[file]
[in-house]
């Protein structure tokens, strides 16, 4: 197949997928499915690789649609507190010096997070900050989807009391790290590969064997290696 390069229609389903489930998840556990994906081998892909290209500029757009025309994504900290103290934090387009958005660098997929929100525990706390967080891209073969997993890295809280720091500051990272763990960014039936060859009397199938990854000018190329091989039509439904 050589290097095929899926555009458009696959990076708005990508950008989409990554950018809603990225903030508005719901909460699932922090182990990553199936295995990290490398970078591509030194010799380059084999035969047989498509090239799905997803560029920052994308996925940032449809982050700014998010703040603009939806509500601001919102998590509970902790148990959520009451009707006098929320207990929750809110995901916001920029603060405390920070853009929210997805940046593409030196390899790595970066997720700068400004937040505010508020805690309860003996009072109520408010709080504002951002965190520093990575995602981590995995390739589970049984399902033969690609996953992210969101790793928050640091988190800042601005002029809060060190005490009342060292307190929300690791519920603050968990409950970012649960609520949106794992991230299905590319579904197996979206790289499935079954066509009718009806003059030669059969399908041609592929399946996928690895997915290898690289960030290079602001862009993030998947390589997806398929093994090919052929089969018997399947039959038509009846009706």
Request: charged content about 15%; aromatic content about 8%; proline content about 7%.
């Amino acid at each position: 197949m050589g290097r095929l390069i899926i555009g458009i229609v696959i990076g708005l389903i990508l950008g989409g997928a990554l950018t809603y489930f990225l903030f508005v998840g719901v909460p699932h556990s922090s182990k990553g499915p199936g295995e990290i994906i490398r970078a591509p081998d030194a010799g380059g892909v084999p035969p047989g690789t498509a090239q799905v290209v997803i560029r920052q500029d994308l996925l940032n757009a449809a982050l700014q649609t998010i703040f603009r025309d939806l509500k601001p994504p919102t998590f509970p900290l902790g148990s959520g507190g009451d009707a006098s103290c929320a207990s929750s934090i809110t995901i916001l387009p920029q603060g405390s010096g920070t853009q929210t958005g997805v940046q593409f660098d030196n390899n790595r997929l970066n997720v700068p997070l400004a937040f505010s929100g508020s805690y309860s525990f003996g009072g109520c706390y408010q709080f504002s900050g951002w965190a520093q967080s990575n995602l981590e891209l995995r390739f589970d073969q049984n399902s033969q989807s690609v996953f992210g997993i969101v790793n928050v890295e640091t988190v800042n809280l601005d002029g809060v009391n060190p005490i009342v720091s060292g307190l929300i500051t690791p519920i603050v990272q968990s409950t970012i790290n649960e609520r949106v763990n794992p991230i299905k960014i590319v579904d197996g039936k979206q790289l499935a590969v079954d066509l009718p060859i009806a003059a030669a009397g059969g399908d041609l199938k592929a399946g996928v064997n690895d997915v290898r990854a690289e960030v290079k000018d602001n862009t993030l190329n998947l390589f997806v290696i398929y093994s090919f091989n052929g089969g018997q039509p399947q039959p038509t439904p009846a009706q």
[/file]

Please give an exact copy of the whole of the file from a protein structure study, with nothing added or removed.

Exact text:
[in-house]
């Protein structure tokens, strides 16, 4: 197949997928499915690789649609507190010096997070900050989807009391790290590969064997290696 390069229609389903489930998840556990994906081998892909290209500029757009025309994504900290103290934090387009958005660098997929929100525990706390967080891209073969997993890295809280720091500051990272763990960014039936060859009397199938990854000018190329091989039509439904 050589290097095929899926555009458009696959990076708005990508950008989409990554950018809603990225903030508005719901909460699932922090182990990553199936295995990290490398970078591509030194010799380059084999035969047989498509090239799905997803560029920052994308996925940032449809982050700014998010703040603009939806509500601001919102998590509970902790148990959520009451009707006098929320207990929750809110995901916001920029603060405390920070853009929210997805940046593409030196390899790595970066997720700068400004937040505010508020805690309860003996009072109520408010709080504002951002965190520093990575995602981590995995390739589970049984399902033969690609996953992210969101790793928050640091988190800042601005002029809060060190005490009342060292307190929300690791519920603050968990409950970012649960609520949106794992991230299905590319579904197996979206790289499935079954066509009718009806003059030669059969399908041609592929399946996928690895997915290898690289960030290079602001862009993030998947390589997806398929093994090919052929089969018997399947039959038509009846009706």
Request: charged content about 15%; aromatic content about 8%; proline content about 7%.
């Amino acid at each position: 197949m050589g290097r095929l390069i899926i555009g458009i229609v696959i990076g708005l389903i990508l950008g989409g997928a990554l950018t809603y489930f990225l903030f508005v998840g719901v909460p699932h556990s922090s182990k990553g499915p199936g295995e990290i994906i490398r970078a591509p081998d030194a010799g380059g892909v084999p035969p047989g690789t498509a090239q799905v290209v997803i560029r920052q500029d994308l996925l940032n757009a449809a982050l700014q649609t998010i703040f603009r025309d939806l509500k601001p994504p919102t998590f509970p900290l902790g148990s959520g507190g009451d009707a006098s103290c929320a207990s929750s934090i809110t995901i916001l387009p920029q603060g405390s010096g920070t853009q929210t958005g997805v940046q593409f660098d030196n390899n790595r997929l970066n997720v700068p997070l400004a937040f505010s929100g508020s805690y309860s525990f003996g009072g109520c706390y408010q709080f504002s900050g951002w965190a520093q967080s990575n995602l981590e891209l995995r390739f589970d073969q049984n399902s033969q989807s690609v996953f992210g997993i969101v790793n928050v890295e640091t988190v800042n809280l601005d002029g809060v009391n060190p005490i009342v720091s060292g307190l929300i500051t690791p519920i603050v990272q968990s409950t970012i790290n649960e609520r949106v763990n794992p991230i299905k960014i590319v579904d197996g039936k979206q790289l499935a590969v079954d066509l009718p060859i009806a003059a030669a009397g059969g399908d041609l199938k592929a399946g996928v064997n690895d997915v290898r990854a690289e960030v290079k000018d602001n862009t993030l190329n998947l390589f997806v290696i398929y093994s090919f091989n052929g089969g018997q039509p399947q039959p038509t439904p009846a009706q």